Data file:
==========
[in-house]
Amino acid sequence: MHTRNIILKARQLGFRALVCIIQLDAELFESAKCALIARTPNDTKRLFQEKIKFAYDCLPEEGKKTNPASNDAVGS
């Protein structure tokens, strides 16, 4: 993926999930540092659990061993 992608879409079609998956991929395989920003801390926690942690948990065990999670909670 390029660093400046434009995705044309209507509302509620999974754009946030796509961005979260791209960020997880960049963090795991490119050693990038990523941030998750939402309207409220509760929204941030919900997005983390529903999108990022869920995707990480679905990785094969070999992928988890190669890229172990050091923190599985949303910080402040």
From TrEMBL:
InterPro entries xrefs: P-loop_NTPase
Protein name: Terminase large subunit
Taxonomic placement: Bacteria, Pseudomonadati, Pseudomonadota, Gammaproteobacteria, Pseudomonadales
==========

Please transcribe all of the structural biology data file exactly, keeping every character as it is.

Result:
[in-house]
Amino acid sequence: MHTRNIILKARQLGFRALVCIIQLDAELFESAKCALIARTPNDTKRLFQEKIKFAYDCLPEEGKKTNPASNDAVGS
């Protein structure tokens, strides 16, 4: 993926999930540092659990061993 992608879409079609998956991929395989920003801390926690942690948990065990999670909670 390029660093400046434009995705044309209507509302509620999974754009946030796509961005979260791209960020997880960049963090795991490119050693990038990523941030998750939402309207409220509760929204941030919900997005983390529903999108990022869920995707990480679905990785094969070999992928988890190669890229172990050091923190599985949303910080402040």
From TrEMBL:
InterPro entries xrefs: P-loop_NTPase
Protein name: Terminase large subunit
Taxonomic placement: Bacteria, Pseudomonadati, Pseudomonadota, Gammaproteobacteria, Pseudomonadales